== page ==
Irrational Belief #1: Needing Love & Approval

Posted on December 13, 2010

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Adults do not need love and approval. (Children are a different story. But we’re all adults here so let’s talk about what adults do and do not need).

Love and approval are nice to have, especially when we’re talking about that special someone. I don’t think I have to twist your arm too much to get you to agree that it’s pretty wonderful to have a person you’re really interested in really interested in you. To garner the love and approval of someone whom you love is one of the greatest joys in life.

And yeah, when you announce to the significant members of your life that you’re committing to this special someone, it feels great to have their approval and support. It’s nice when your friends and family lovingly welcome into their hearts the person you love and treat him/her as a valued person.

It’s nice, but it’s. not. necessary. It’s not even required for your happiness. And as long as you think it is, you’ll be participating in the number one Irrational Belief: That in order to be happy, one must gain the love and approval of everyone whom one designates as significant.

Of course it sucks when the person you’ve been dying to ask out forever turns you down. Of course it feels awful when your friends or family don’t approve of your romantic choices. But how long you fester in this feeling of yuckiness really is your choice.

The belief that you must obtain other’s love and approval  is irrational because it places the responsibility of your happiness onto other people.

As long as you’re letting other people dictate whether or not you can be happy, you don’t have control over your own happiness. And to believe that you don’t have control over your happiness is, well, irrational.

Other people can’t be trusted with your happiness. That’s something you have to take responsibility for, all on your own.

Just think about it for a bit. How many times a month, a week, a day actually, do you wait for someone else to give you love and approval in order to feel happy?

You probably do it quite a bit. And it’s irrational. For several reasons:

1. To demand that everyone whom you love must love and approve of you (and all of your choices) is an unattainable goal. There will always be someone who doesn’t want to give you their love and approval. There will always be at least one person who disapproves of you for reasons beyond your control (ie: the color of your skin or your eye color).

2. If you think that you need other’s love and approval in order to be happy, you will be constantly concerned about not having it, or not having enough of it. So even if you do manage to get the love and approval of those whom you feel are significant to you, because you believe that you need it, you will start to worry about it being taken away. Constant state of worry or anxiety= you  being not very happy.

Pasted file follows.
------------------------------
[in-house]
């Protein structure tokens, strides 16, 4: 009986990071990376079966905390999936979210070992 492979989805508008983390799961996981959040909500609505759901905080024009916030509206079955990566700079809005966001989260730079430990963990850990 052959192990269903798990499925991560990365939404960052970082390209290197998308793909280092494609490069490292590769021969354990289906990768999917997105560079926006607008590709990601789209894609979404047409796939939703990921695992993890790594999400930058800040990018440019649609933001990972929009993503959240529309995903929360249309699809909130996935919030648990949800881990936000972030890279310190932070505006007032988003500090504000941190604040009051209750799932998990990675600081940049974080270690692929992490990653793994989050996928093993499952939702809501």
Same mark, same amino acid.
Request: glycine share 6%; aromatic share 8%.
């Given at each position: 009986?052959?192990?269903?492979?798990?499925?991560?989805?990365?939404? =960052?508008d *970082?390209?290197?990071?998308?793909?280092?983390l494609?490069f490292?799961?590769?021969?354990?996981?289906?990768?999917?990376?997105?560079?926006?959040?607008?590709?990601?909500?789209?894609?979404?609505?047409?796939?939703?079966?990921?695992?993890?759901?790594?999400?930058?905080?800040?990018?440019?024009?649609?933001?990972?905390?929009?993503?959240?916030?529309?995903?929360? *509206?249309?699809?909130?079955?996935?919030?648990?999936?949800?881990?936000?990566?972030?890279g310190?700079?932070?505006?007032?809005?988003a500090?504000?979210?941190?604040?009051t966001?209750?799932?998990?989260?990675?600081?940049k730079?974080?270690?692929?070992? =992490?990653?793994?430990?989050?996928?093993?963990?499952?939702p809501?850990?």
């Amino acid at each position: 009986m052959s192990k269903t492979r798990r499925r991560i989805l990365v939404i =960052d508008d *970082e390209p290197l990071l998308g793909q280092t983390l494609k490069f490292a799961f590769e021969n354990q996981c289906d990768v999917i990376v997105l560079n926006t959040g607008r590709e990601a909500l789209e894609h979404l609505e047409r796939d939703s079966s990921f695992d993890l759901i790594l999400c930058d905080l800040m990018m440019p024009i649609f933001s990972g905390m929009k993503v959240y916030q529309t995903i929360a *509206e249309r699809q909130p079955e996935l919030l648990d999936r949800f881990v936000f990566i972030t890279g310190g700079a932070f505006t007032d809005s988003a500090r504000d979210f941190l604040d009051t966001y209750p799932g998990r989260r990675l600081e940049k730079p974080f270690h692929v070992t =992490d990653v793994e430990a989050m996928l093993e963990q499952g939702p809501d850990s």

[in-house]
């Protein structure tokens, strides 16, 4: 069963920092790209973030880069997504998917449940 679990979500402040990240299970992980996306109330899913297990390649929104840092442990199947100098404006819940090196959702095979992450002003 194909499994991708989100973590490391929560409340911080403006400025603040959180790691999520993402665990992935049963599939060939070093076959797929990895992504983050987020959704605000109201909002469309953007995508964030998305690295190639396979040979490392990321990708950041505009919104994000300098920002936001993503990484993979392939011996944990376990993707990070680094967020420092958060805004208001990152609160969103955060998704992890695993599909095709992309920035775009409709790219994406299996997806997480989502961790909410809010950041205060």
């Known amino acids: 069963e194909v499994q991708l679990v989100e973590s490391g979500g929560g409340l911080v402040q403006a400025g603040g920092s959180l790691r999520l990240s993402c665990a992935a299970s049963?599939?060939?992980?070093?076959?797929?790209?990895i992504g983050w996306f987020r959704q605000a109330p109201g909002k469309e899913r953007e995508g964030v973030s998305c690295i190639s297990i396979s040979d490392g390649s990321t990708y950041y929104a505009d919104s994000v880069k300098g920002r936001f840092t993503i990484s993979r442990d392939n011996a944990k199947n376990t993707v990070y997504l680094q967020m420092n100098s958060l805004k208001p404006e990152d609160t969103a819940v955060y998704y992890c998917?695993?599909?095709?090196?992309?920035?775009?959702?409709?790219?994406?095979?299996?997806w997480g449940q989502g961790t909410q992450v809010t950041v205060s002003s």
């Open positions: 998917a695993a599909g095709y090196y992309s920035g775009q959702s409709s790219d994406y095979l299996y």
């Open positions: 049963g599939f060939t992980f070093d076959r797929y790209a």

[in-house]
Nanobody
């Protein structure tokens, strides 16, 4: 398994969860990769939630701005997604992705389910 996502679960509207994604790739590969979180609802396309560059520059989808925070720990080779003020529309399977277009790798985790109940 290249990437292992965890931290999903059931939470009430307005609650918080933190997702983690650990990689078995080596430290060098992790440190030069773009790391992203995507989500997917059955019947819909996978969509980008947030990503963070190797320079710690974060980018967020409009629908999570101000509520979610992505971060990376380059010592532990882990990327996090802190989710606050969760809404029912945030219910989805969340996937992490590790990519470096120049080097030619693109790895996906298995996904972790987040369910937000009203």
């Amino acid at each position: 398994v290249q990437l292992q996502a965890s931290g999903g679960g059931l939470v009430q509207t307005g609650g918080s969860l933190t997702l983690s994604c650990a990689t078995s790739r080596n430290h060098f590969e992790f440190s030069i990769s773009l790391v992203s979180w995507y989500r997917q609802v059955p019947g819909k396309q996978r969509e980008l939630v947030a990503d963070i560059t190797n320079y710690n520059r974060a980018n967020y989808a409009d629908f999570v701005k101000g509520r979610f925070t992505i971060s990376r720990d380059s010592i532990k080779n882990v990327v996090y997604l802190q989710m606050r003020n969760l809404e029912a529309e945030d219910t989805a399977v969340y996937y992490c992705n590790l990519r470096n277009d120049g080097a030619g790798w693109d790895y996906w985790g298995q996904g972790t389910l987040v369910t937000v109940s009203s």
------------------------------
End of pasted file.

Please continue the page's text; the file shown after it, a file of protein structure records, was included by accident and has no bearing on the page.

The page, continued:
3. If you think that you need someone else’s love, that means that in order to get someone else’s love, you must always be acting lovable. And let’s face it. How many of us always act lovable? Exactly. In order to be human, there will be times when you will be downright difficult to be with. If you think that you need someone else’s love, you won’t be acting like a real human being. You’ll be too busy trying to fake lovability. Ugh.

4. If you believe that you need other’s approval, that means you’ll spend your time and energy doing things that they think are worthy and you’ll be ignoring your own goals and values. You won’t be living your own life. The quickest way to an unhappy life is to not be true to what-and who-you know is best for you.

5. The greater your perceived need for love, the less people will tend to love and respect you. Trust me on this one. It’s one of the great ironies of life. It’s human nature to grow tired and bored with someone who consistently caters to your needs and people will grow tired of you. By pretending that you don’t have any of your own needs, others will unconsciously start to disrespect you and act accordingly.

6. Love is a two-way street. If you are so concerned with obtaining the love and approval of someone else, you’re slipping into a self-centered state where you think only about the love and approval you need. You sabotage any relationship where you are focused only on your needs.

7.  Believing that you need someone else’s love and approval is usually a cover-up for the uncomfortable feeling of worthlessness. As long as you think you need love and approval and focus your attention on that goal, you’ll be missing out on the opportunity to tackle your feelings of not being good enough. You’ll be distracting yourself from some real personal growth.

After all of these examples and explanations, hopefully now you clearly see why this is an irrational belief. In my next post, I’ll walk you through a coaching tool I’ve developed (from Ellis’s work and research) in order to help you dissolve this belief and live more rationally.

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Posted in: Thought Work